In his latest piece, a blogger named David Hart is expressing an idea I’ve heard before. He argues that “New Atheism” is a passing fad. Here’s a taste of the kind of intellectually black hole found within:
Take, for instance, the recently published 50 Voices of Disbelief: Why We Are Atheists. Simple probability, surely, would seem to dictate that a collection of essays by fifty fairly intelligent and zealous atheists would contain at least one logically compelling, deeply informed, morally profound, or conceptually arresting argument for not believing in God. Certainly that was my hope in picking it up. Instead, I came away from the whole drab assemblage of preachments and preenings feeling rather as if I had just left a large banquet at which I had been made to dine entirely on crushed ice and water vapor.
Um, have you ever considered that their goal wasn’t to provide you with “at least one logically compelling, deeply informed, morally profound, or conceptually arresting argument for not believing in God”? That would be shifting the burden of proof, which is on the theist to prove their particular tribal god exists.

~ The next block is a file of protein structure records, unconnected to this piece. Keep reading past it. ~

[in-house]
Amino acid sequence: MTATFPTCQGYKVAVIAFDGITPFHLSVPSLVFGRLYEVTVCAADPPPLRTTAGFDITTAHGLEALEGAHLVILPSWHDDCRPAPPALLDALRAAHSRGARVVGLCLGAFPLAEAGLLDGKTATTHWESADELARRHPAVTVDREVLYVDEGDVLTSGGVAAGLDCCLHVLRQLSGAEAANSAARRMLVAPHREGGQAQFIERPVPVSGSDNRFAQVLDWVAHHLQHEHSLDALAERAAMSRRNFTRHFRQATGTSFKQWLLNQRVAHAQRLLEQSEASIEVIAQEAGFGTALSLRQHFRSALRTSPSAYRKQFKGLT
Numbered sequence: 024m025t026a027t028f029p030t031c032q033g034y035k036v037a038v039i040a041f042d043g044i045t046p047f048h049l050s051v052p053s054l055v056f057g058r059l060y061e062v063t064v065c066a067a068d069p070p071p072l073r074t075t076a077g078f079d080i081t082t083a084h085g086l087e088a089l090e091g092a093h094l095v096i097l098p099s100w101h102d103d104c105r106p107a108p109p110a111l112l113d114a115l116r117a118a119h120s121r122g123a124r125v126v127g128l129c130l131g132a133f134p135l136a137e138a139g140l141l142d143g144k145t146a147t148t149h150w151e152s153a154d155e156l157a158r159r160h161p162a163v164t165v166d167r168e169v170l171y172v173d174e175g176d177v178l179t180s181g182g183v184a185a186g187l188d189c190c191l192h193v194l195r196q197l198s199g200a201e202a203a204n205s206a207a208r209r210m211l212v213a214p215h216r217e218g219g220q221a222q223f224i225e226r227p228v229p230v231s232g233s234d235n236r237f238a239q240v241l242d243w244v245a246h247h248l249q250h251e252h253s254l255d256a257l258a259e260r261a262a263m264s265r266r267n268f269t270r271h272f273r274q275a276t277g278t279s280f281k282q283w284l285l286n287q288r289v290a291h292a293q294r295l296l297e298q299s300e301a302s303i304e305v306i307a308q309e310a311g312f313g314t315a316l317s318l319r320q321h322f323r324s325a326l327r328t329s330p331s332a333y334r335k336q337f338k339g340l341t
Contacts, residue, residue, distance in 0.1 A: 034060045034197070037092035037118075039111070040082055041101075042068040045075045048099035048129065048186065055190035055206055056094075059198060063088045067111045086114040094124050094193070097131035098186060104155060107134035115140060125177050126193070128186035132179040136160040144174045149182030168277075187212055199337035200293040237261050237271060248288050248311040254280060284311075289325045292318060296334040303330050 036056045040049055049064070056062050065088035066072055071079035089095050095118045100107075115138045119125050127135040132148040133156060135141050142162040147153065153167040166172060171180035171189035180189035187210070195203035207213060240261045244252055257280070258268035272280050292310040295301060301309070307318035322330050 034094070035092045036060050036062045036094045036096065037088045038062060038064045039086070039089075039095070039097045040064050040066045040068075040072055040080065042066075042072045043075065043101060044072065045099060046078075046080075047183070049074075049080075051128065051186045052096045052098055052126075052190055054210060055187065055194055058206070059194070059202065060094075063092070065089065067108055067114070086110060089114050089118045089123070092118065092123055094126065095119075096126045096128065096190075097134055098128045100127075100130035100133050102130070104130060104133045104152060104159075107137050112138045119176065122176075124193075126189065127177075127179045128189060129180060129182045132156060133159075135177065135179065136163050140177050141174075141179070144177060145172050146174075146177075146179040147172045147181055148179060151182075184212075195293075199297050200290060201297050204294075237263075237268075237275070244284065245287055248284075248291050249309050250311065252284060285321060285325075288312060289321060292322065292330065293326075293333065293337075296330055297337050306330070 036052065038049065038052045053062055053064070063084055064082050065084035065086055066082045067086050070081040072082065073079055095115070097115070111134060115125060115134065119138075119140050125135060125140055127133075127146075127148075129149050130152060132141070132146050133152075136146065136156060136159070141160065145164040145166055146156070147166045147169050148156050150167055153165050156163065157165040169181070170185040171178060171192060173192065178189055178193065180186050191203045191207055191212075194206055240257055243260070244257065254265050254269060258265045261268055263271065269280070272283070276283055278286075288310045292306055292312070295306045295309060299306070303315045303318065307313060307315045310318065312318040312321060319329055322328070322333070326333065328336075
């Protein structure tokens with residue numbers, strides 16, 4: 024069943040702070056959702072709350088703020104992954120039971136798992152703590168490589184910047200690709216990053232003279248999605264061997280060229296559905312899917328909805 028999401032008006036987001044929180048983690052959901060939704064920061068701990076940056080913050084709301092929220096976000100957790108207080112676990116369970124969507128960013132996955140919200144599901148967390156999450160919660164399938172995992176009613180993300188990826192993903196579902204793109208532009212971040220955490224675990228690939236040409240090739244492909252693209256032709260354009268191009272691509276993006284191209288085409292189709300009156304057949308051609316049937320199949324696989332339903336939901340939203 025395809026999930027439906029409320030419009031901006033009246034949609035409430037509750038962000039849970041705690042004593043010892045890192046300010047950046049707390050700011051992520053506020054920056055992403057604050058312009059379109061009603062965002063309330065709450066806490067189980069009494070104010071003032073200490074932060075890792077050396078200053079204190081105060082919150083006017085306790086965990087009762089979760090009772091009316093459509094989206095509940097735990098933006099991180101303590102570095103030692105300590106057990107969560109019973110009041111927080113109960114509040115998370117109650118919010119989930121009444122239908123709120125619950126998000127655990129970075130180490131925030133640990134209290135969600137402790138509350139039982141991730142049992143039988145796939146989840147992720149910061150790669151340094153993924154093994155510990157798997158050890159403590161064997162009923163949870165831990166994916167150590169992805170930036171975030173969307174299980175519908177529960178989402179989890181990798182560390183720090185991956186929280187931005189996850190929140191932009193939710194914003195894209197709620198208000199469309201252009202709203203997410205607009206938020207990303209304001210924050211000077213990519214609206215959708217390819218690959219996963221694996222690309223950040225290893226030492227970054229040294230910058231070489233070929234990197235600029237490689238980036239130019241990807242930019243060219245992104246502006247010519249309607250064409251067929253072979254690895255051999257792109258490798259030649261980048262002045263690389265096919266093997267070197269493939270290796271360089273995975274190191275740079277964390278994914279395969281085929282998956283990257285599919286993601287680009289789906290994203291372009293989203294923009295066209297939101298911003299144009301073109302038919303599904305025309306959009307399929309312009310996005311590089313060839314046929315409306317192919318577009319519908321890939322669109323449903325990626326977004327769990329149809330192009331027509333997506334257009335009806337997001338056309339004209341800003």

Yeah, I could spend all day on this article but since PZ Myers already did that, I’d rather just focus on this idea that the popularity of atheism is just a fad. Let’s look at some statistics, shall we? Current polls show that the self-identificed religiously unaffiliated in the U.S. are at 16%, which is pretty much double what it was in the early 90’s. Now let’s look at another recent poll. Christianity has declined by 10% in the U.S. over the past two decades. How about a poll from this month that shows 26% of Millennials (those born after 1980) are religiously unaffiliated, compared to 20% of Gen Xers and 13% of Baby Boomers?
If the rate of religiously unaffiliated continues to rise at a similar rate as it has for at least 70 years, we can expect to see a third of the next generation following the Millennials to be religiously unaffiliated. A fad, Mr. Hart? No, there seems to be a very consistent pattern here that rather perfectly correlates with progressing media technology.